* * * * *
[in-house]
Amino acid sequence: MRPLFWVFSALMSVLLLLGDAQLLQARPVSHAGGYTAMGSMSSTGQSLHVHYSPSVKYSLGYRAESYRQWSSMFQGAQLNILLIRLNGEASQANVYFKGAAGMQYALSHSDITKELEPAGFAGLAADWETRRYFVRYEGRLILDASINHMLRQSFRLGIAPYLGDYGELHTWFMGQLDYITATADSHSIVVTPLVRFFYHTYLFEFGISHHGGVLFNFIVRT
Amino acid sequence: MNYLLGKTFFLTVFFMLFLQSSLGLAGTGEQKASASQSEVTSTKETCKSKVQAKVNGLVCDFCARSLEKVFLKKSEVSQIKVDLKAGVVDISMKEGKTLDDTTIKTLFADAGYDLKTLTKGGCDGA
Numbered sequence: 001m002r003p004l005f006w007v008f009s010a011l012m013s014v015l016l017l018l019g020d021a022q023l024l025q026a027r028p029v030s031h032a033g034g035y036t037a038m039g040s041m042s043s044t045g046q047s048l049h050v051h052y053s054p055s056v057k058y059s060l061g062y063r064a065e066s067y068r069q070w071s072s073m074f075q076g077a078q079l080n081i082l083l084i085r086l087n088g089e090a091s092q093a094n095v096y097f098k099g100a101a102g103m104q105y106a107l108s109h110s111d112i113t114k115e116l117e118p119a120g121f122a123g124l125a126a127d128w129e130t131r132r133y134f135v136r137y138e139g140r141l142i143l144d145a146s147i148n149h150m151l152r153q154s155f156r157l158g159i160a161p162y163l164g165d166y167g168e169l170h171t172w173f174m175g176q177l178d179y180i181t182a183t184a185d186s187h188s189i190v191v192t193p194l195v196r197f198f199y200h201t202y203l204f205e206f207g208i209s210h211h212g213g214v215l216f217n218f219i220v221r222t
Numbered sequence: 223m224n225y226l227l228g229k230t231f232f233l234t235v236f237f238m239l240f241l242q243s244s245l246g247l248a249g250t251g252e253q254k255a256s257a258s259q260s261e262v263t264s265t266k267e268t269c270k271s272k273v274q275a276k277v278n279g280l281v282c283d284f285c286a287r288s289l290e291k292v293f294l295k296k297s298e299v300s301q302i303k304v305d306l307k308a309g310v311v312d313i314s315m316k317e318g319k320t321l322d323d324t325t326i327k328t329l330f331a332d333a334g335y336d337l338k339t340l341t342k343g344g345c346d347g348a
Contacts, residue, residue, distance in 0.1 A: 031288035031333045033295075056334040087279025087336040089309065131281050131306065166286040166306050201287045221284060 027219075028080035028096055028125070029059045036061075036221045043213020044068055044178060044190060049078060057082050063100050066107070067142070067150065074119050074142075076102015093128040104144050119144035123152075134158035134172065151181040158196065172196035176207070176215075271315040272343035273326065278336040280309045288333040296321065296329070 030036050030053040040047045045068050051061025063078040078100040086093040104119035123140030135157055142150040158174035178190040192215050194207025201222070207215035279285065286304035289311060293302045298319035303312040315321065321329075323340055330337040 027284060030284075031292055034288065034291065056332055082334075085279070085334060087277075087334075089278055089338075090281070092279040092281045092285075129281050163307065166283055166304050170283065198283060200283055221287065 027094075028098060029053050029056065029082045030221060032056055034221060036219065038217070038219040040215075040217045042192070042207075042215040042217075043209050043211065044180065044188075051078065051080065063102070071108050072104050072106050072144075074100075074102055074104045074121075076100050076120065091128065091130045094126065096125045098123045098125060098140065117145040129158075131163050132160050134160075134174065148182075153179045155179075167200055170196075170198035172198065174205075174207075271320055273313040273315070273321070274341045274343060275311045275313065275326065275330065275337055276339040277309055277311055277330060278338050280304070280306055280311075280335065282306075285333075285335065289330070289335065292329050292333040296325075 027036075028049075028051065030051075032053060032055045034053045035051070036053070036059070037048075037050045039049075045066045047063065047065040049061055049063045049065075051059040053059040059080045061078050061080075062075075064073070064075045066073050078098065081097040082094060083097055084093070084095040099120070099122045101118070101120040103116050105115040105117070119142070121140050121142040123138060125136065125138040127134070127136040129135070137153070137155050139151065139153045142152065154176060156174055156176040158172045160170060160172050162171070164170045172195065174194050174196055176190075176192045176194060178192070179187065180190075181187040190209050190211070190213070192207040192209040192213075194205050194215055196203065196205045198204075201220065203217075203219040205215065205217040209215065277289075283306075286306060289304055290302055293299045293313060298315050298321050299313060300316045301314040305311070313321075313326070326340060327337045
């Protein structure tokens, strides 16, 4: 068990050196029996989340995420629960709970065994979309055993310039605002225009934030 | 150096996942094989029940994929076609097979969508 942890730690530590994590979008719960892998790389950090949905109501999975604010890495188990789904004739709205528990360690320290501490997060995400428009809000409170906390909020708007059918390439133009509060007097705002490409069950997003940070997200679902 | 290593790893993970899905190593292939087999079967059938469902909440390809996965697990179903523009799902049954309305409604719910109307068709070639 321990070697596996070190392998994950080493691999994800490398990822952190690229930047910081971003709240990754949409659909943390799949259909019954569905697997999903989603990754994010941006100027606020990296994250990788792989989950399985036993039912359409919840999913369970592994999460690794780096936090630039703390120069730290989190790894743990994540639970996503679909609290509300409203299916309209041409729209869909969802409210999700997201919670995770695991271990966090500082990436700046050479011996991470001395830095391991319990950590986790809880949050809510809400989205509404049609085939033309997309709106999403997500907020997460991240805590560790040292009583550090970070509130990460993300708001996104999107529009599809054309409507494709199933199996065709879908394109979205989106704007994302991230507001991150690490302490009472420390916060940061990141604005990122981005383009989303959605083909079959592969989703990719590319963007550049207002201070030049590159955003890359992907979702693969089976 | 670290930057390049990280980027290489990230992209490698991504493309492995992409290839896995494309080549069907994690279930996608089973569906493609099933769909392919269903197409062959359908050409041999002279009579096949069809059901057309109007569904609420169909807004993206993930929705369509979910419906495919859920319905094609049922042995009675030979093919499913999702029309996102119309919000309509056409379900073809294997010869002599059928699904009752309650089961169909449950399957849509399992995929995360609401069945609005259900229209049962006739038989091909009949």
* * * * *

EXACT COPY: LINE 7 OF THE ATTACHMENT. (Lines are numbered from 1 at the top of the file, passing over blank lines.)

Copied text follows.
């Protein structure tokens, strides 16, 4: 068990050196029996989340995420629960709970065994979309055993310039605002225009934030 | 150096996942094989029940994929076609097979969508 942890730690530590994590979008719960892998790389950090949905109501999975604010890495188990789904004739709205528990360690320290501490997060995400428009809000409170906390909020708007059918390439133009509060007097705002490409069950997003940070997200679902 | 290593790893993970899905190593292939087999079967059938469902909440390809996965697990179903523009799902049954309305409604719910109307068709070639 321990070697596996070190392998994950080493691999994800490398990822952190690229930047910081971003709240990754949409659909943390799949259909019954569905697997999903989603990754994010941006100027606020990296994250990788792989989950399985036993039912359409919840999913369970592994999460690794780096936090630039703390120069730290989190790894743990994540639970996503679909609290509300409203299916309209041409729209869909969802409210999700997201919670995770695991271990966090500082990436700046050479011996991470001395830095391991319990950590986790809880949050809510809400989205509404049609085939033309997309709106999403997500907020997460991240805590560790040292009583550090970070509130990460993300708001996104999107529009599809054309409507494709199933199996065709879908394109979205989106704007994302991230507001991150690490302490009472420390916060940061990141604005990122981005383009989303959605083909079959592969989703990719590319963007550049207002201070030049590159955003890359992907979702693969089976 | 670290930057390049990280980027290489990230992209490698991504493309492995992409290839896995494309080549069907994690279930996608089973569906493609099933769909392919269903197409062959359908050409041999002279009579096949069809059901057309109007569904609420169909807004993206993930929705369509979910419906495919859920319905094609049922042995009675030979093919499913999702029309996102119309919000309509056409379900073809294997010869002599059928699904009752309650089961169909449950399957849509399992995929995360609401069945609005259900229209049962006739038989091909009949």